City Securities’ lesser-known sibling sells

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The parent of City Securities Corp. has sold its biggest subsidiary to a New York-based real estate holding company, a move that’s expected to give the niche operation more room to grow.

Indianapolis-based City Real Estate Advisors Inc. is little known outside the $13 billion low-income-tax-credit-syndication industry, but the 83-employee firm has grown into one of the biggest players in that field. On June 28, parent City Financial Corp. sold the business to Omni Holding Co. LLC, which is partly owned by the $13 billion private equity firm Stone Point Capital LLC of Greenwich, Connecticut.

The sale price was not disclosed. The business is expected to post $40 million in revenue this year. Based on typical sale multiples in the tax credit industry, it likely fetched more than $20 million, one observer said.

Bosway Bosway

The company, which changed its name to CREA LLC in the wake of the deal, will continue to be headquartered in downtown Indianapolis, with the same management. Mike Bosway, CEO of parent company City Financial Corp., said the 15-year-old firm—which accounts for half of City’s revenue—simply outgrew its parent, and Omni emerged as an “aggressive buyer” over the past several months.

“There are some things they would like to do, and our balance sheet just doesn’t allow them to do it,” Bosway said. “So with a partner that has a larger balance sheet and has access to the type of capital that they need to execute … it allows them to ultimately get where they want to be.”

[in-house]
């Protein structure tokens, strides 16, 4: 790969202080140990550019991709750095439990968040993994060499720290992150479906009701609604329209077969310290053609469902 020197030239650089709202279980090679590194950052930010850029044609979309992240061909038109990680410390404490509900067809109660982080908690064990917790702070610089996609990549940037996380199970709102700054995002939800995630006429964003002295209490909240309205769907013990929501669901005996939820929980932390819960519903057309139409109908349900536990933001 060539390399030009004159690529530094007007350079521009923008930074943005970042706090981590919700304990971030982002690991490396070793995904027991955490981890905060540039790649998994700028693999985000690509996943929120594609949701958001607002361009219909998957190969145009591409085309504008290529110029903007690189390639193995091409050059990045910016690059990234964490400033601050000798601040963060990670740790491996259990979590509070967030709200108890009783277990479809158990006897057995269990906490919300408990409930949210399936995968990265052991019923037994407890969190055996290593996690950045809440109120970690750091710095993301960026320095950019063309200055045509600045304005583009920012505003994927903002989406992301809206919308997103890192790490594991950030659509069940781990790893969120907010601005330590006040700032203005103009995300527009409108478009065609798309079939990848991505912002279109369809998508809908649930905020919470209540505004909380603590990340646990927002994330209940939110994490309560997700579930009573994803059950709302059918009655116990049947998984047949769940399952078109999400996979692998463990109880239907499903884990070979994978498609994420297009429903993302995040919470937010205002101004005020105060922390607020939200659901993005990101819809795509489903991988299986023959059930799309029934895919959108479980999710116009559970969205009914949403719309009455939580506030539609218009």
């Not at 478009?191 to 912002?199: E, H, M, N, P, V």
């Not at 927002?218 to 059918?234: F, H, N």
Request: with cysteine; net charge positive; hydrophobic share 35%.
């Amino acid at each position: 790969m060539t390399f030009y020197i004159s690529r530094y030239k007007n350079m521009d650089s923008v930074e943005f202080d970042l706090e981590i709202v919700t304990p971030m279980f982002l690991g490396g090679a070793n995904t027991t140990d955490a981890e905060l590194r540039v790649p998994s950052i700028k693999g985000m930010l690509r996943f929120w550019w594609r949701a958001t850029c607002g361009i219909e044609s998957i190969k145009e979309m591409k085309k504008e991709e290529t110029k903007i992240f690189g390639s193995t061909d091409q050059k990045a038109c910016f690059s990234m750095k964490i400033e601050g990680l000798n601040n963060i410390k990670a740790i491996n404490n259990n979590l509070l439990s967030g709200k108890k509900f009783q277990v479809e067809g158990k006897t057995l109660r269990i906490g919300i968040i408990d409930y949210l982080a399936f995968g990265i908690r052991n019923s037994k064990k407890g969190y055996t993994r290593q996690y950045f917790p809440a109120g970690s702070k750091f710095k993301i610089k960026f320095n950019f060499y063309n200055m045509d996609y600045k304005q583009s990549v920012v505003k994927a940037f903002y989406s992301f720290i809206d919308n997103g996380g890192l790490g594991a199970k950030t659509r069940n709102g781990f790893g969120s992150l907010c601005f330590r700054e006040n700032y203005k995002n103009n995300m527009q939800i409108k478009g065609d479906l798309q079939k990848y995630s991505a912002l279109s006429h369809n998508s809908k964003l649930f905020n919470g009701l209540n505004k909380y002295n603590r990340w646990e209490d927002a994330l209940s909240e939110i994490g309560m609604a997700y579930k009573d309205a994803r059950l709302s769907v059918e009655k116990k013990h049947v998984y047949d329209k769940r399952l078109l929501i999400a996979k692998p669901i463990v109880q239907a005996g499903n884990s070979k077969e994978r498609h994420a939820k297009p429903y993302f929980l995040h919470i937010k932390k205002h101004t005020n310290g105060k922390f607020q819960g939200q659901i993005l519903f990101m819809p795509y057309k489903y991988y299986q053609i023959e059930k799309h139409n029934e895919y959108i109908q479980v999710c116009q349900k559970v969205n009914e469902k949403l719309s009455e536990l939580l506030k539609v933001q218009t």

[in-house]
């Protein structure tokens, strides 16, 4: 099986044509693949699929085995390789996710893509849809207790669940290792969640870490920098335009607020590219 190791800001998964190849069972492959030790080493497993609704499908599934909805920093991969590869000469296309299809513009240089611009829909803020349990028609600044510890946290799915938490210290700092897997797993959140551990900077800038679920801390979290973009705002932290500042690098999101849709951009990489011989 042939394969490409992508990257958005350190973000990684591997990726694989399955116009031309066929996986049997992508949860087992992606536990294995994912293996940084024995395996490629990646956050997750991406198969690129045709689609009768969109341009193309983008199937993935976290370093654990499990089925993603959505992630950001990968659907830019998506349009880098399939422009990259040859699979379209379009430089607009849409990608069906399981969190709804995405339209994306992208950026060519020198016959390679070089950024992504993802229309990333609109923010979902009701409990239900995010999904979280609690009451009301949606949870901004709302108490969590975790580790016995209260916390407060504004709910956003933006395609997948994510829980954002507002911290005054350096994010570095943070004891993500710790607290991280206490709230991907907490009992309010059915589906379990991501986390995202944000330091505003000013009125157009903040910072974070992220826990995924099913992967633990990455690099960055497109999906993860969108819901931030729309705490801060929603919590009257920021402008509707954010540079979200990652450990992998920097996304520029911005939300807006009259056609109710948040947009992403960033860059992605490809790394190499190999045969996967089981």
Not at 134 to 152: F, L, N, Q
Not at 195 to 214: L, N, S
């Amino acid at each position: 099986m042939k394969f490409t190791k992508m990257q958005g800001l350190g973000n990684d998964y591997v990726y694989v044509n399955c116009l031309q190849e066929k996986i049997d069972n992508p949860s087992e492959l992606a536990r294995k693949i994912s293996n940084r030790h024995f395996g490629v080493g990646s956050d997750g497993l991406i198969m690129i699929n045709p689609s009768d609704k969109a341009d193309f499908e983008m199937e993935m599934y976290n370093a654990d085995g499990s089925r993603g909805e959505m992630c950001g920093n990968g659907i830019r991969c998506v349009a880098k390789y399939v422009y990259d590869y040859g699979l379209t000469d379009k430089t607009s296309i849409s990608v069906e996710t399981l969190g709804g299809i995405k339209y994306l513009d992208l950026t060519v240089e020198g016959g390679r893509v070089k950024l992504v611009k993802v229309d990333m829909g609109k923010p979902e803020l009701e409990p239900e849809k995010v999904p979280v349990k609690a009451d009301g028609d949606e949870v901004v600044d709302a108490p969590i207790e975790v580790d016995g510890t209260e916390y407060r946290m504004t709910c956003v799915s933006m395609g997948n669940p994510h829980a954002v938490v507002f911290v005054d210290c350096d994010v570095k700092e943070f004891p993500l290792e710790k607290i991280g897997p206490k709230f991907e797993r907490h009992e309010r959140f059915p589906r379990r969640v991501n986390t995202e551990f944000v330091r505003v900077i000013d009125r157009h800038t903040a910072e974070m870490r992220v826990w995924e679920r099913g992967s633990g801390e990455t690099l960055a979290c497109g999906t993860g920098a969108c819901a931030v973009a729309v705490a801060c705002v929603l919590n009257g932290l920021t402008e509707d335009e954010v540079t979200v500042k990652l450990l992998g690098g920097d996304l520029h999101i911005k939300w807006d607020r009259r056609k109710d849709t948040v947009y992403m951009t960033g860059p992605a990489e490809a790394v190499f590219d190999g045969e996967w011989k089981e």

crea-factbox.gifState agencies award federal tax credits to developers embarking on affordable-housing projects. CREA effectively plays matchmaker between developers that want to unload the credits in return for project funding and institutional investors—mostly banks and insurance firms—looking to lighten their tax burden.

Jeff Whiting, CREA’s CEO since launching the City Financial subsidiary in 2001, said the sale increases the company’s growth potential, allowing the business to keep pace with housing developers that sell the credits and investors that buy them.

“You’re either growing or dying—there really is no in between,” said Whiting, 55. “And if my clients are growing and I’m not growing with them, then someone else is going to grow with them.”

Stone Point didn’t reply to requests for comment.

CREA was one of three subsidiaries under the City umbrella. The others are City Securities Insurance LLC, a brokerage founded in 1933, and City Securities Corp., Indiana’s oldest investment firm, which was founded in 1924 by J. Dwight Peterson.

IBJ reported in December that City Financial had hired the Chicago-based investment bank River Branch Capital to assess strategy options—a step that often paves the way for company sales. The story noted that City was at a crossroads, in part because Chairman John Peterson, son of the founder, is 83 and has no family members on a trajectory to succeed him.

Asked whether City is shopping its remaining businesses, Bosway said in an email: “It’s a fact of life in today’s financial services world that strategic options be under constant review. I would never comment on active discussions. There have been some in the past, and I don’t expect that to change.”

Rising star

CREA, which employs about 45 people in Indianapolis, has been City Financial’s fastest-growing business. In 2015, CREA helped place roughly $460 million in investor equity into affordable-housing projects across the country, up from $145 million in 2010. This year, it’s on track to place $600 million.

City’s buyer, Omni Holding Co., controls Omni New York LLC and Omni America LLC, both affordable-housing development and revitalization companies. 

Goldstein Goldstein